Positive Change That’s Working: Submission of TDSB Trustees to the Governance Advisory Panel

The TDSB Trustees came together to write their submission to the Governance Advisory Panel, entitled: Positive Change That’s Working, which is signed by all Trustees.

This document outlines improvements to accountability and governance that this new board of Trustees has already undertaken. It highlights the many accomplishments over the years of Canada’s largest school board – something we haven’t heard a lot about in recent months – and a refreshing reminder of how many leading edge programs have roots in the TDSB.

This submission also outlines the thoughtful, rational, evidence-based approach to school accommodation and program reviews being taken by the TDSB to ascertain how to use the capital assets of public schools in the most efficient and effective manner possible. Additionally, it proposes potential strategic partnerships with post-secondary institutions and consideration of public schools as community hubs.

Trustees cite the Fix Our Schools campaign in their submission, as evidence that parents are becoming increasingly frustrated with the state of disrepair in public schools, and urge the Governance Panel to consider the need for additional funding sources to address this issue. Specifically, Trustees ask the Governance Panel to encourage the provincial government to revisit the regulations guiding Education Development Charges, a source of funding that the TDSB is prevented from accessing at the moment.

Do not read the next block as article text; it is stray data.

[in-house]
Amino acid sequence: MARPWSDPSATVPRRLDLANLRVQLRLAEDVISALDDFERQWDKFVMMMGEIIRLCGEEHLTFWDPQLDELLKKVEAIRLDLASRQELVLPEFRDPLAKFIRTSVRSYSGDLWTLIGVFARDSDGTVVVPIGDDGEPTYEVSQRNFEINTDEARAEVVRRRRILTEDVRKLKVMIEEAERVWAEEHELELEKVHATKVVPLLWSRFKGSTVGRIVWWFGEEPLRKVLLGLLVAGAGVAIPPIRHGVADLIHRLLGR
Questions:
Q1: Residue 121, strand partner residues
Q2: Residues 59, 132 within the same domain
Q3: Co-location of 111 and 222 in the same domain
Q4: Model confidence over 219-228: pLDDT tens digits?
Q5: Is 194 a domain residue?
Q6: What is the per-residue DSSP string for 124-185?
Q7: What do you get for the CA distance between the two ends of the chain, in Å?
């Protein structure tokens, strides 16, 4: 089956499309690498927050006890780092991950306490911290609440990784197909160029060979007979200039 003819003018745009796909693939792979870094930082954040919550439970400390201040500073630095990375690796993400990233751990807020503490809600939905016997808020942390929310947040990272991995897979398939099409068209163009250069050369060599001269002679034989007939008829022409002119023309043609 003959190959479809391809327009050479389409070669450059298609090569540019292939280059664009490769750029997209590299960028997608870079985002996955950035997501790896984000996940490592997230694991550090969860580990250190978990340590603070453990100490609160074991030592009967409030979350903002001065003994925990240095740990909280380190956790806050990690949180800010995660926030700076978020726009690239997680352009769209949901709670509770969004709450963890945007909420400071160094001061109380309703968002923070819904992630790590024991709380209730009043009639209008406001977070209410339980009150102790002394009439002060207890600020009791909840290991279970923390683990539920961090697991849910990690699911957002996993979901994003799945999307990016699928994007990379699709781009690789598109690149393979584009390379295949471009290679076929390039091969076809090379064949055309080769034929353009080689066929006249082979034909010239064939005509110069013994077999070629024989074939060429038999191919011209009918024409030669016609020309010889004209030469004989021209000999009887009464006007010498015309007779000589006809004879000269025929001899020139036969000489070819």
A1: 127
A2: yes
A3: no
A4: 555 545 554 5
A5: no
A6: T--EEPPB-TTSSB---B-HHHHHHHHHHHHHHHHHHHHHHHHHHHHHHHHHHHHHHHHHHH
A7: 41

Finally, the Trustee’s submission provides input on the various models of governance that seem to be given consideration by the Governance Panel. In particular, they cite breaking up the TDSB as a step backwards – one that would cost taxpayers an estimated $100-million with questionable benefits to TDSB students at this time.

Our Trustees seem to be coming together as a team that is truly looking out for the best interests of TDSB students and families. Barbara Hall and team – will you give this TDSB Board of Trustees the opportunity to govern? And help them to receive the funding needed to deliver quality programming in safe, well-maintained buildings?